When I was a B2B marketing executive in the 1990s, we ran marketing “campaigns”.
My team focused on a about 100 big initiatives throughout the year including a dozen trade shows where we exhibited and spoke, a monthly email newsletter, a media relations effort focused on a few dozen press releases and pitches, a few white papers, a product launch or two, and the creation of print brochures and other materials.
With maybe 100 discrete things that we did during the year, each one could be measured.
From one hundred things a year to ten thousand
Marketing has fundamentally shifted.
Rather than doing a hundred really big projects, today’s marketers need to do tens of thousands of tiny things each year to be successful.
It’s not about the campaign, it’s about engagement.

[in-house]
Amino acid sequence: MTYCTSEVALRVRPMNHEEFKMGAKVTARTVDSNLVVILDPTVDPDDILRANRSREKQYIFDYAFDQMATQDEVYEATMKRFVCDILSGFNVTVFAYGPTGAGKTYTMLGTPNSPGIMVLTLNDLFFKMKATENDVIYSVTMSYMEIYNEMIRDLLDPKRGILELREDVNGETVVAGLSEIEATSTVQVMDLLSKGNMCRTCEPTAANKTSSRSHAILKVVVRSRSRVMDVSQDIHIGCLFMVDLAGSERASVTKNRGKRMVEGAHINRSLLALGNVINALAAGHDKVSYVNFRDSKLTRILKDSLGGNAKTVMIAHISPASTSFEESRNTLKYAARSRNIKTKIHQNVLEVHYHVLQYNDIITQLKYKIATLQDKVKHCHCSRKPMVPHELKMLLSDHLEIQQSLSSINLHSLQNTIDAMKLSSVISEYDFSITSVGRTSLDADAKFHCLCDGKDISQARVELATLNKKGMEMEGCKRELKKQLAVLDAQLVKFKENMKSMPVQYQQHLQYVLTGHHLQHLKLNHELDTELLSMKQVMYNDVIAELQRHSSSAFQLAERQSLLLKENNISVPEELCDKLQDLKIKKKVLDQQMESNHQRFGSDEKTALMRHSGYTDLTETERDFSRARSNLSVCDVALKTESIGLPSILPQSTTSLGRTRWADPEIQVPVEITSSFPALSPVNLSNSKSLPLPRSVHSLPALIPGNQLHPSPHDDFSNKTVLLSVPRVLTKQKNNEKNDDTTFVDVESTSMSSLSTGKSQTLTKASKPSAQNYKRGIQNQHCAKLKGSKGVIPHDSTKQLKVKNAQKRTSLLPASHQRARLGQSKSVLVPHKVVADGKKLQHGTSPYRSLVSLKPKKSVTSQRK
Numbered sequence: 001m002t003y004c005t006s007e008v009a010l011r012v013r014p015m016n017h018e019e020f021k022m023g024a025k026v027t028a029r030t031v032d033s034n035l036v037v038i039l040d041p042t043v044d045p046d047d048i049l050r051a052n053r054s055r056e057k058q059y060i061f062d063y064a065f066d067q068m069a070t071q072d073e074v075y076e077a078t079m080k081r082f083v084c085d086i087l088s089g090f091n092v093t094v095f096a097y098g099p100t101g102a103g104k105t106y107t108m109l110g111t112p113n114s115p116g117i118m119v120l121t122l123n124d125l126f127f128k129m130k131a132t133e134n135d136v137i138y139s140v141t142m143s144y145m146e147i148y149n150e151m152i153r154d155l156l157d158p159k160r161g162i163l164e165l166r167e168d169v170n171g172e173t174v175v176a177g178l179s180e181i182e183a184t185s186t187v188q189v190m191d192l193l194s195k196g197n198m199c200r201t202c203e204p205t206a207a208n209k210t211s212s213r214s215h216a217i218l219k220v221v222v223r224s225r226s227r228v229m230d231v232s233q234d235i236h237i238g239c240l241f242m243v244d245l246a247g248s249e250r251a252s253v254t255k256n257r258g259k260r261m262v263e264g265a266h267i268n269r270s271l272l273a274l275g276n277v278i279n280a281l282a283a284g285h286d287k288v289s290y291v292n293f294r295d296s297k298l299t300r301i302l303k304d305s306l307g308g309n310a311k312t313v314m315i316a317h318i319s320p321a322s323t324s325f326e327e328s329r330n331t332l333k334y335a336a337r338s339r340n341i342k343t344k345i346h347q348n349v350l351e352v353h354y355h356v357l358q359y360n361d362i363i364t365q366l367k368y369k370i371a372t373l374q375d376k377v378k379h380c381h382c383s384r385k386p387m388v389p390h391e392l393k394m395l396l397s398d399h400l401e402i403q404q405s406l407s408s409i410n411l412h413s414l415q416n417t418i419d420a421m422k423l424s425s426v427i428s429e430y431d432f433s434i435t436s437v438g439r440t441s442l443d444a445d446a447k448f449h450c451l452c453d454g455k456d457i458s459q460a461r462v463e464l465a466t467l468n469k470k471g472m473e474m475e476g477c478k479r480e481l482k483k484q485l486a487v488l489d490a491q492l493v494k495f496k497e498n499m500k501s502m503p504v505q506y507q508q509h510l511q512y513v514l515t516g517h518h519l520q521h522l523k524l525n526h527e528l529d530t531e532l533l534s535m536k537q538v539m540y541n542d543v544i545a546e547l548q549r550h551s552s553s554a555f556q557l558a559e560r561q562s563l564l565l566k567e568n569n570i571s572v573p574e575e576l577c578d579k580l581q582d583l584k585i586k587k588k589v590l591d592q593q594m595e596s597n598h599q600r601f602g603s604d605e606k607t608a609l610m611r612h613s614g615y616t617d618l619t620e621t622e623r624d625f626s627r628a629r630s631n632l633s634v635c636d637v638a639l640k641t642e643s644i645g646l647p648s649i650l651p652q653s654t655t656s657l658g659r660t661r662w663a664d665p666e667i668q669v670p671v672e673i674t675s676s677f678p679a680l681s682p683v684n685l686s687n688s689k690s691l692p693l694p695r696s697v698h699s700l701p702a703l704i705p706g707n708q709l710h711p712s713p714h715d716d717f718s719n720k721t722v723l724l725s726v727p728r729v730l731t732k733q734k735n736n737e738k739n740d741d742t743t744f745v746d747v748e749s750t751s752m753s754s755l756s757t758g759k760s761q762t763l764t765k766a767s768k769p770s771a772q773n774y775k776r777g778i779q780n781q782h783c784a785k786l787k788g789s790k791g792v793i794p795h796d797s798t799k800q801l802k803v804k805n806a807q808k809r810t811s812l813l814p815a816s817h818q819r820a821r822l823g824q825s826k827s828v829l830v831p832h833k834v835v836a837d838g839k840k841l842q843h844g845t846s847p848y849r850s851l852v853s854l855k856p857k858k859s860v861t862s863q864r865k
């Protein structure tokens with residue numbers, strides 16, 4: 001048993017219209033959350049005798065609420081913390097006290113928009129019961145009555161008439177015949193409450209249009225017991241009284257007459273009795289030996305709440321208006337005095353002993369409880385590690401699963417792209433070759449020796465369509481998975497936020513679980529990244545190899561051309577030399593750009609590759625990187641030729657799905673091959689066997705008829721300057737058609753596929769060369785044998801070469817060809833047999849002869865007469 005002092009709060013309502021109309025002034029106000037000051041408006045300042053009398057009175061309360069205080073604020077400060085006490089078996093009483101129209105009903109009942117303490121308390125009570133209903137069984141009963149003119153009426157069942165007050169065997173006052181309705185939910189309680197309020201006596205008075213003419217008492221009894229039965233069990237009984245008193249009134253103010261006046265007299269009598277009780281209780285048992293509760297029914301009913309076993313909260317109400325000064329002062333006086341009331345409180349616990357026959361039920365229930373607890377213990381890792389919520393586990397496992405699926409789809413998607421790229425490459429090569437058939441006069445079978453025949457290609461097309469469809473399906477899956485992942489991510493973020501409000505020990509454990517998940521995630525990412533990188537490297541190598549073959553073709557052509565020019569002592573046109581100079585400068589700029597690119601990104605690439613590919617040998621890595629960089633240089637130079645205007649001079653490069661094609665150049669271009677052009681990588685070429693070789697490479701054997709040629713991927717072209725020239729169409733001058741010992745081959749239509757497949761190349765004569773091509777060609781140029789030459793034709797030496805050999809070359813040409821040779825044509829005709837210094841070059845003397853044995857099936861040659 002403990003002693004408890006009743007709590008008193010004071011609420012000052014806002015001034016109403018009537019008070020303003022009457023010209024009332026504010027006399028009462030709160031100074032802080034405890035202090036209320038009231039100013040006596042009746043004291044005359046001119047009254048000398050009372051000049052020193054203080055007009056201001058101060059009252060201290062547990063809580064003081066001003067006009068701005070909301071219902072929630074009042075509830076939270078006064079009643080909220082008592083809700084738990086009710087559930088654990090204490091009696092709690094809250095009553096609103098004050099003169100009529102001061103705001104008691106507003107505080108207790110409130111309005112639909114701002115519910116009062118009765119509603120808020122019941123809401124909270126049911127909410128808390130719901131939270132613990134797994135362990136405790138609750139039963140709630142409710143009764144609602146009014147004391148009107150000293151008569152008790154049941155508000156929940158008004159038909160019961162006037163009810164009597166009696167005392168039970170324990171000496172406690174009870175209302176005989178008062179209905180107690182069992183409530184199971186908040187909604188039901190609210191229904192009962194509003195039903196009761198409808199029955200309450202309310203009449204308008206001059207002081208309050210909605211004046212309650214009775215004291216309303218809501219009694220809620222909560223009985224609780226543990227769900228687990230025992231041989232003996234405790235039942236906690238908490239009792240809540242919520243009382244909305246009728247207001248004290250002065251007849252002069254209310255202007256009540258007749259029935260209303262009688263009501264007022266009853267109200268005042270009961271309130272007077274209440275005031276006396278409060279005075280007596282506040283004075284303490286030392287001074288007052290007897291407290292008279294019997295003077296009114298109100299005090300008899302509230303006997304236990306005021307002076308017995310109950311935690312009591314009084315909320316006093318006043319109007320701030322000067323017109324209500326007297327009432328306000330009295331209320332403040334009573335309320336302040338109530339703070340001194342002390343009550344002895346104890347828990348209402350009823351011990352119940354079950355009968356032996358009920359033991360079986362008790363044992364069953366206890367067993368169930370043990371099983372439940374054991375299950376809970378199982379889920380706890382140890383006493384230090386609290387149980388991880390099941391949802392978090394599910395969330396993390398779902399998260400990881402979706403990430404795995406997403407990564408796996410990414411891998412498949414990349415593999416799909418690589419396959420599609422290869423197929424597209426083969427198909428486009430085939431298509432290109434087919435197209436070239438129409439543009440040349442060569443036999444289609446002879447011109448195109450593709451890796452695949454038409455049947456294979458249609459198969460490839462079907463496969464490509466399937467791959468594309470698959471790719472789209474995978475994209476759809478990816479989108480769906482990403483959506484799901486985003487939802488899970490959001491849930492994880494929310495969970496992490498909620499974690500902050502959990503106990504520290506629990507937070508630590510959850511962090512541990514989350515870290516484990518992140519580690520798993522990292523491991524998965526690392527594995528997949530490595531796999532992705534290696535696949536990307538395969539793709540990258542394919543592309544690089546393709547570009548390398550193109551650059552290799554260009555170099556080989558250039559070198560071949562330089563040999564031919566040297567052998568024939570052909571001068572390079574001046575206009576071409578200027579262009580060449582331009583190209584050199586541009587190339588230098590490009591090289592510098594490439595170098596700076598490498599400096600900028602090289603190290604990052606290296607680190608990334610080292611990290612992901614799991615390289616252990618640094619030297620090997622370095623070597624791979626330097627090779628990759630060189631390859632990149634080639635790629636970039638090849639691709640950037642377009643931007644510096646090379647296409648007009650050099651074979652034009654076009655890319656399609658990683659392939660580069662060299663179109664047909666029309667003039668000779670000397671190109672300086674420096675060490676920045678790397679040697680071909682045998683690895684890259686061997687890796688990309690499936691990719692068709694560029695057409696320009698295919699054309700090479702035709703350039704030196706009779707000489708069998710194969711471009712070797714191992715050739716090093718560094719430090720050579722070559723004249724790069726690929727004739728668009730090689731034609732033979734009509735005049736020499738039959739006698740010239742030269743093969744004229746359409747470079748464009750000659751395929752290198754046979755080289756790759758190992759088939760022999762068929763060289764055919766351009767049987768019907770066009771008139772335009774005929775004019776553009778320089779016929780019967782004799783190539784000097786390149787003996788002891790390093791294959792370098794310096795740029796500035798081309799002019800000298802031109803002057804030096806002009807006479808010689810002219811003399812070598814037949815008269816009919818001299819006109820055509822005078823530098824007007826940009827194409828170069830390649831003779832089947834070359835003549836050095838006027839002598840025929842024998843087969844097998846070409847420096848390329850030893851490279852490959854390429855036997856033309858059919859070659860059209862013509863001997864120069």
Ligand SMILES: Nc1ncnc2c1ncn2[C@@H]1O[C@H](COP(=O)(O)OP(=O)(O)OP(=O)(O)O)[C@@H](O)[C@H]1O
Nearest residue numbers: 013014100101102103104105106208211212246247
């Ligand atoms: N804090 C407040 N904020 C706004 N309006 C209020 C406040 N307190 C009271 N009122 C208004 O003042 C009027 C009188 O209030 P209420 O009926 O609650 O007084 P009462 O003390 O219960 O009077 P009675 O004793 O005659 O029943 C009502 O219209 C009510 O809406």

- Rather than a dozen trade shows to exhibit and speak at, marketers need to create a 24×7 virtual showcase on the web. We need to create tons of individual articles, photos, infographics, videos, and other content to make a site strong. That means lots of very small projects instead of a dozen big ones.
- Your monthly email newsletter is fine. But what about a daily blog post? What about 20 or 30 daily tweets? Then you’ve got your LinkedIn, Facebook, and other social feeds.
- A decade ago your media relations effort probably focused on a few dozen press releases and media pitch campaigns in a year. Now you can engage journalists in real-time at the precise moment they are looking for information.
As you do the ten thousand, the nature of how you measure success changes.
Are you doing the ten thousand? Or are you still focused on the hundred?
This article first appeared at David Meerman Scott’s blog Web Ink Now. Re-published with permission.